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Top 15 Australia’s most Popular Traditional Foods

Barbequed snags

If you’re traveling around Australia, and hanging around with some locals, I’m sure that you will come across some typical Australian food and while you’re here you really should try some of it! From meat you don’t normally find in other supermarkets to chocolate biscuits, to the most common Australian food you should try

Below are 15 Australia most popular Traditional food

1. Chicken parmigiana

Chicken parmigiana
Chicken parmigiana

This classic Aussie chicken dish — with roots in Italian-American cooking — is a staple offering on pretty much every pub menu in the country. Originally eggplant based (and these are still available for vegetarians), it has evolved in to a chicken schnitzel topped with tomato sauce, melted cheese and, if you’re feeling fancy, prosciutto ham. This is typically served with salad and chips, although there’s a split between those who think the chips should be under the parmy and those who think they should be on the side.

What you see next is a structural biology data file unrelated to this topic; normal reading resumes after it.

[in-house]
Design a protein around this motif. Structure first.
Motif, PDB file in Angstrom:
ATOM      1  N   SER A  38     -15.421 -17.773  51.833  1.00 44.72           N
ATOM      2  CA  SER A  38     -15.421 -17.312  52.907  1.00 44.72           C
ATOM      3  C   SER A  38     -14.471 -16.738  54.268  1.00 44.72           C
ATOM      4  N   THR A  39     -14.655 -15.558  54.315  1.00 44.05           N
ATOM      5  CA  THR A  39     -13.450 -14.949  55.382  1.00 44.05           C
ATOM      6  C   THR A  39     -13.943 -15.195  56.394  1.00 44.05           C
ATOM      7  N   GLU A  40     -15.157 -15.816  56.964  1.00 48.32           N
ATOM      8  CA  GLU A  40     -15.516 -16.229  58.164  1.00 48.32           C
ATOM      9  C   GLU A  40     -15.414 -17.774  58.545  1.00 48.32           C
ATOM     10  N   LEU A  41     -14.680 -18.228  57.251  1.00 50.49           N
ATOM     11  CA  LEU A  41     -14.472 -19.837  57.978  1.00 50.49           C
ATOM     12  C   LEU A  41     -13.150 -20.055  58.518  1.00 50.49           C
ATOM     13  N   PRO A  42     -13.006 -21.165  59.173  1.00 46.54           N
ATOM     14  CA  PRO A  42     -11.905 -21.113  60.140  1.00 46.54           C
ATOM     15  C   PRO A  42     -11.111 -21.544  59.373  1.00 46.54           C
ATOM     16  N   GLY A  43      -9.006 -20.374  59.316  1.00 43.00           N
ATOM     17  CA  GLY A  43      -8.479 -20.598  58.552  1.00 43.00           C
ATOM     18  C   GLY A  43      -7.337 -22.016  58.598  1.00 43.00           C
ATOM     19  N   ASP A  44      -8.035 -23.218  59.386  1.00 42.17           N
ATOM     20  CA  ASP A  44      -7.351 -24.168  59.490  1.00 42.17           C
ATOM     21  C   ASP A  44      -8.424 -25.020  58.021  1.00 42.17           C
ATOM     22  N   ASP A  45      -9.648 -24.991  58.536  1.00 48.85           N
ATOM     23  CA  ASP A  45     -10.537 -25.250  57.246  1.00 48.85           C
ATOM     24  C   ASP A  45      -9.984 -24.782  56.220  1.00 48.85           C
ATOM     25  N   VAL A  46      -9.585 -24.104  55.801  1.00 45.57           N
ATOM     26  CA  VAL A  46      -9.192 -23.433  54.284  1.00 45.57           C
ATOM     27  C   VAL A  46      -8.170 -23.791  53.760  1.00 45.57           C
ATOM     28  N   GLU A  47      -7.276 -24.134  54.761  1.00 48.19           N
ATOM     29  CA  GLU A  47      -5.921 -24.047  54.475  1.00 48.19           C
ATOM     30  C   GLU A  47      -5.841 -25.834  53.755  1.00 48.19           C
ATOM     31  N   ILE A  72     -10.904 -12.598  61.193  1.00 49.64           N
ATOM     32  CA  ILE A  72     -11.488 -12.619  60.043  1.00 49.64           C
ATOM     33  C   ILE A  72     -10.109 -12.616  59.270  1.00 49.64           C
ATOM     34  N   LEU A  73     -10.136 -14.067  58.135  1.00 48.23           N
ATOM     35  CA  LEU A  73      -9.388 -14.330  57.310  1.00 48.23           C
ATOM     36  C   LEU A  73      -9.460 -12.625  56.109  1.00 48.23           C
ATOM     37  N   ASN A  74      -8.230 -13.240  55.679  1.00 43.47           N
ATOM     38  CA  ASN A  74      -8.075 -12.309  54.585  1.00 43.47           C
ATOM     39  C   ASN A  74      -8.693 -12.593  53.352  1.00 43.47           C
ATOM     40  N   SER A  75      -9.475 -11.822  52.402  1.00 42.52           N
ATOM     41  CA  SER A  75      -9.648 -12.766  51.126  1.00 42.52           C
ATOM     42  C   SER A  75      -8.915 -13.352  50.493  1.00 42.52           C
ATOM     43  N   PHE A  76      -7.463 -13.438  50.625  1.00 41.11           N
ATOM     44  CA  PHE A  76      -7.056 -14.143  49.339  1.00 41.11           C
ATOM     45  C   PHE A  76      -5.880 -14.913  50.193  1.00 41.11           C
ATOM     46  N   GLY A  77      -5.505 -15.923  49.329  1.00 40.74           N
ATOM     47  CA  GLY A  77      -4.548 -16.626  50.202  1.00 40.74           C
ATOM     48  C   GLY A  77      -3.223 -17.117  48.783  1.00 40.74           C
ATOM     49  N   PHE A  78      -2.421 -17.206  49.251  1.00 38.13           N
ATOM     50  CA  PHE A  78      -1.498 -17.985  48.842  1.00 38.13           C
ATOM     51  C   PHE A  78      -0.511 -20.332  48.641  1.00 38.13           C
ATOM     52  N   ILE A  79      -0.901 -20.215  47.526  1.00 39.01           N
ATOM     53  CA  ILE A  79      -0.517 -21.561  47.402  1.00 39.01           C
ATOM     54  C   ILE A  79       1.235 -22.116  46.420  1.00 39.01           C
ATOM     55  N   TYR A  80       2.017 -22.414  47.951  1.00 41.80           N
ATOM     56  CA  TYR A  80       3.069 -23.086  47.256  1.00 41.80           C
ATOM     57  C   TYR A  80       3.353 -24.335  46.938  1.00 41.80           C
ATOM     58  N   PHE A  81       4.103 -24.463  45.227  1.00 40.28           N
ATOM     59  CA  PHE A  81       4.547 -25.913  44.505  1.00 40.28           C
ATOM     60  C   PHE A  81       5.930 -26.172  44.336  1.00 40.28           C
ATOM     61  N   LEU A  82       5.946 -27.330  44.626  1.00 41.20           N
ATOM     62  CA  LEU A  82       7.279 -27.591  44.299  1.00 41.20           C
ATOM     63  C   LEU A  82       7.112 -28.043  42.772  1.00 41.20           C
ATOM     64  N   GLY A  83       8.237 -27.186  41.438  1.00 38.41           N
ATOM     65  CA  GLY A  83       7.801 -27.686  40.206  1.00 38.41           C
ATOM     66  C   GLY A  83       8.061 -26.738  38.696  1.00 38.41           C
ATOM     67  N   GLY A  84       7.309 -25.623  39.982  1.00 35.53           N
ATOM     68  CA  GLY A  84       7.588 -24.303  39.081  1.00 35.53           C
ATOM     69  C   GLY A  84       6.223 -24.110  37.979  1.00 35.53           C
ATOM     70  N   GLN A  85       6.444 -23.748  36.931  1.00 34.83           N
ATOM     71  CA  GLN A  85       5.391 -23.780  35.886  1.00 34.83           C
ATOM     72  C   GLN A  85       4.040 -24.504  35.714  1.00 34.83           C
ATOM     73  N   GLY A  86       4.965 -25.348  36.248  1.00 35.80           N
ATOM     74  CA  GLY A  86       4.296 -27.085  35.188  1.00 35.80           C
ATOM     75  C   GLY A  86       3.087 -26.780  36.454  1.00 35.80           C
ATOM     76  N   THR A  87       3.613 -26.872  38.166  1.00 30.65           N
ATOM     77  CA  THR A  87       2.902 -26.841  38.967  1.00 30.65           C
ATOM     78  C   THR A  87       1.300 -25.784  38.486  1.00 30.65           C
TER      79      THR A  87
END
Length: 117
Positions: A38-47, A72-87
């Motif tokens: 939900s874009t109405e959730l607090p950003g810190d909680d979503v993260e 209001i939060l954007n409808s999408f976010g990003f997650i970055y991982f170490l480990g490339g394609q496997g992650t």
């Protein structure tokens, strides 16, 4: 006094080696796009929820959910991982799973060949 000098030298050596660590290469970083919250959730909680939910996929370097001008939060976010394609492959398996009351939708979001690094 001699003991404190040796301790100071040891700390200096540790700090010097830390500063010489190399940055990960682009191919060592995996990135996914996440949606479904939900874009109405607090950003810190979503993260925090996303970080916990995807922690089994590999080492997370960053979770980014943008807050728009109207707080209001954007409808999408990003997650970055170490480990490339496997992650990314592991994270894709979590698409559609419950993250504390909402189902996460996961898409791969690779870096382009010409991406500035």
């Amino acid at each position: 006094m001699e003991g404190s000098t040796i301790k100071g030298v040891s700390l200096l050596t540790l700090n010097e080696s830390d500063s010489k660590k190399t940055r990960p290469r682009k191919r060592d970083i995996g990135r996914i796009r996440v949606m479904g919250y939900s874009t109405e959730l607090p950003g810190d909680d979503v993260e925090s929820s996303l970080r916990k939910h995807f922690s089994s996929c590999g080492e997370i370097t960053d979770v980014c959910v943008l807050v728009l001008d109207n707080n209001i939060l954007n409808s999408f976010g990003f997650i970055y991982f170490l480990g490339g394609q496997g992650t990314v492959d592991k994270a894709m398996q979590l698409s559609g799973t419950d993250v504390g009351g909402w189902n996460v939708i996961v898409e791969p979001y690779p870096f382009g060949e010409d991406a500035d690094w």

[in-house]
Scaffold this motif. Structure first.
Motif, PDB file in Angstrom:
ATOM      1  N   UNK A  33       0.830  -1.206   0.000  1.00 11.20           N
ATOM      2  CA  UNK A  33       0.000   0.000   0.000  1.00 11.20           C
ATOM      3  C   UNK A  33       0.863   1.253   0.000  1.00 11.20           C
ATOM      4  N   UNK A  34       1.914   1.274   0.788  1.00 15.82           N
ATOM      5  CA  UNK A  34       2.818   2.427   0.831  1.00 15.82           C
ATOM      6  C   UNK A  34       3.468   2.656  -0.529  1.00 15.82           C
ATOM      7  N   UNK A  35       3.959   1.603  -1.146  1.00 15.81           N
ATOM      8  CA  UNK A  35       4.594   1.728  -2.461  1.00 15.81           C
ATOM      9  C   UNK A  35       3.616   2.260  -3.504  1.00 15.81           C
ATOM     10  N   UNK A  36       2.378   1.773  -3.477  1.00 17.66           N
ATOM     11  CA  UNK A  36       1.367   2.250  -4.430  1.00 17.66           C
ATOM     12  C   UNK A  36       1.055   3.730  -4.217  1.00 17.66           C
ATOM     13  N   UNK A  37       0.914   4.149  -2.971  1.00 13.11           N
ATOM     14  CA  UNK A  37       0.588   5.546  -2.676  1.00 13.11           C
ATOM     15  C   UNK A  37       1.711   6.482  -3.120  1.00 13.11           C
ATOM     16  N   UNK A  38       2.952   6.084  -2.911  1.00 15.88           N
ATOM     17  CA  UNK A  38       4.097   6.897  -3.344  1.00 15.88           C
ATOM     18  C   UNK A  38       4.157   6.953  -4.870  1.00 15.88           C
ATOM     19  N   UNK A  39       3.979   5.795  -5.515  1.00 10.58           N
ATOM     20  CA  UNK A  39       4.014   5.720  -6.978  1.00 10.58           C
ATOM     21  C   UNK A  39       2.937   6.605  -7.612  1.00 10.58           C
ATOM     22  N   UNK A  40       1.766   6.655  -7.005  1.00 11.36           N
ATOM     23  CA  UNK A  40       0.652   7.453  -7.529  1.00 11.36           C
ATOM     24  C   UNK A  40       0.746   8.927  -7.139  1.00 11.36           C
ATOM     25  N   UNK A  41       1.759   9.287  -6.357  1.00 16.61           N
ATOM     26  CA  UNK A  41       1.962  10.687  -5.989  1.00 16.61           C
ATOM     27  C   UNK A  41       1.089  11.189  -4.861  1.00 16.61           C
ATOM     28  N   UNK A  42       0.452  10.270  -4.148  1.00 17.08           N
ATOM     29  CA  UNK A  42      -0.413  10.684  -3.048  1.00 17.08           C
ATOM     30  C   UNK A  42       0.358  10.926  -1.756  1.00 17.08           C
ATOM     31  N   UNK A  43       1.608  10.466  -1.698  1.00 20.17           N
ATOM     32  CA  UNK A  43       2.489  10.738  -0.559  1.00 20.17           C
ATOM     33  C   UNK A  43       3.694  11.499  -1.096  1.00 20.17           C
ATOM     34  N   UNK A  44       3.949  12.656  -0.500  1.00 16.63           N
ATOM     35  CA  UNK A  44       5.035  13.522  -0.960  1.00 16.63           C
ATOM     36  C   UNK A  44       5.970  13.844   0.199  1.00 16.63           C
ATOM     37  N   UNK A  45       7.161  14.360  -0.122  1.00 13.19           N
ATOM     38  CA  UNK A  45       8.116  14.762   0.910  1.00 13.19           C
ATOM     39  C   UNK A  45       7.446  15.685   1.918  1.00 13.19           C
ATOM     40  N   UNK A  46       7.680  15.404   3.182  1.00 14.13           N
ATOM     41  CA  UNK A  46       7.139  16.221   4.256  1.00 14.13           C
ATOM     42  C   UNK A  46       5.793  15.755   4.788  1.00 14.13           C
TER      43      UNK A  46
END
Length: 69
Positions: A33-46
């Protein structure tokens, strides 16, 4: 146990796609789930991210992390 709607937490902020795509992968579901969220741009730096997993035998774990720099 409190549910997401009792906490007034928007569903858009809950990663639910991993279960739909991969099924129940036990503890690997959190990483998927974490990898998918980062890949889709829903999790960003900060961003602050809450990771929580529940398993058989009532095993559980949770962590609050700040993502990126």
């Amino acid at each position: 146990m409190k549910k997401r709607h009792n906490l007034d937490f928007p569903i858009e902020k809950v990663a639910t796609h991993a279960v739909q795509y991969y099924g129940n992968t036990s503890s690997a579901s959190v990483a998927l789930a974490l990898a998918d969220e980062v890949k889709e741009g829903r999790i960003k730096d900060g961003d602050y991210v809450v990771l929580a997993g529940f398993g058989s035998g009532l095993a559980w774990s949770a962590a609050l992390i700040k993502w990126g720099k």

2. Barbequed snags (aka sausages)

Barbequed snags
Barbequed snags

It’s no surprise that Aussies love to grill, and nothing is more important to a good barbie than a decent sausage — whether you’re at a mate’s place or at your local DIY store. Traditional Australian sausages are usually pork or beef, but if you’re feeling adventurous, there are other animals to sample. Wrap a slice of bread around your snag and top it off with some fried onions and your favourite sauce.